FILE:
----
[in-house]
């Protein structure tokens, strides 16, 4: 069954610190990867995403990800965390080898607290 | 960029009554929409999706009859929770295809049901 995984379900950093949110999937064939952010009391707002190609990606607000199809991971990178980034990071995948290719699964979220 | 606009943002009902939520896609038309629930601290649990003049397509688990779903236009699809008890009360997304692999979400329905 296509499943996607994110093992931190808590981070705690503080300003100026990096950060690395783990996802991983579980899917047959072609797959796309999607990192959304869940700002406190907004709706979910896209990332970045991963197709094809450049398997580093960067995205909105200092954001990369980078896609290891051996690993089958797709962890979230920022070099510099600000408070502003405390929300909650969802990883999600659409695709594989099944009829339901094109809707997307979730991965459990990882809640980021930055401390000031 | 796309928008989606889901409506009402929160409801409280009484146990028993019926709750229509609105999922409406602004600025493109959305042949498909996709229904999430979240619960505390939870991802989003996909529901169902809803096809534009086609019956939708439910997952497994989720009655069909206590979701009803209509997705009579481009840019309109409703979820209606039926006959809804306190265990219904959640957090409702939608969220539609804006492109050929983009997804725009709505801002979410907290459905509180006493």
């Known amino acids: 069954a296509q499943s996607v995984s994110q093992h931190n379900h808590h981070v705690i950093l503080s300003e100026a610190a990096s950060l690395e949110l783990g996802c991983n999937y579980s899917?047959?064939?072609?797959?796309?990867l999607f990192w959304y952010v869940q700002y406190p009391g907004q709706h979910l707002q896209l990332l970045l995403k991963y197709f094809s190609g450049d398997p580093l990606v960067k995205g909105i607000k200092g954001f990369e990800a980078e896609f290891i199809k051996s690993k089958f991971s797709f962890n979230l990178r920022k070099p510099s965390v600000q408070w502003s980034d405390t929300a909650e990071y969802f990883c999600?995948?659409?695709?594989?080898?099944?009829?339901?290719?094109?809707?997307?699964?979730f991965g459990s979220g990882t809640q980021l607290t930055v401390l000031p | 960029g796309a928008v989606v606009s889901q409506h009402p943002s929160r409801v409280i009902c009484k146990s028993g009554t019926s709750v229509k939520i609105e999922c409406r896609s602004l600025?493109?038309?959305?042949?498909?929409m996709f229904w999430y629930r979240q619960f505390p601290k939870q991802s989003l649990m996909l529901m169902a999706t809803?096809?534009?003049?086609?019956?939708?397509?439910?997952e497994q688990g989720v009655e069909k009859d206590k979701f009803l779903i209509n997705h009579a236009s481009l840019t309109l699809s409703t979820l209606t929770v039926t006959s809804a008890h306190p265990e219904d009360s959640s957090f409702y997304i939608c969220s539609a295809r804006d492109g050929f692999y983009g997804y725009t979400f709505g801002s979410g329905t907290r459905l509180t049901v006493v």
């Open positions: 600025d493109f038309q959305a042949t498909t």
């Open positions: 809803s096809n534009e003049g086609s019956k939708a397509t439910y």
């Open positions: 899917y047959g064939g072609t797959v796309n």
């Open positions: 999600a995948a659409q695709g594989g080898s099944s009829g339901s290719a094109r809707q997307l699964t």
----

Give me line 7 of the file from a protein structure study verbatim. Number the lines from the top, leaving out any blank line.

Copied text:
């Open positions: 999600a995948a659409q695709g594989g080898s099944s009829g339901s290719a094109r809707q997307l699964t």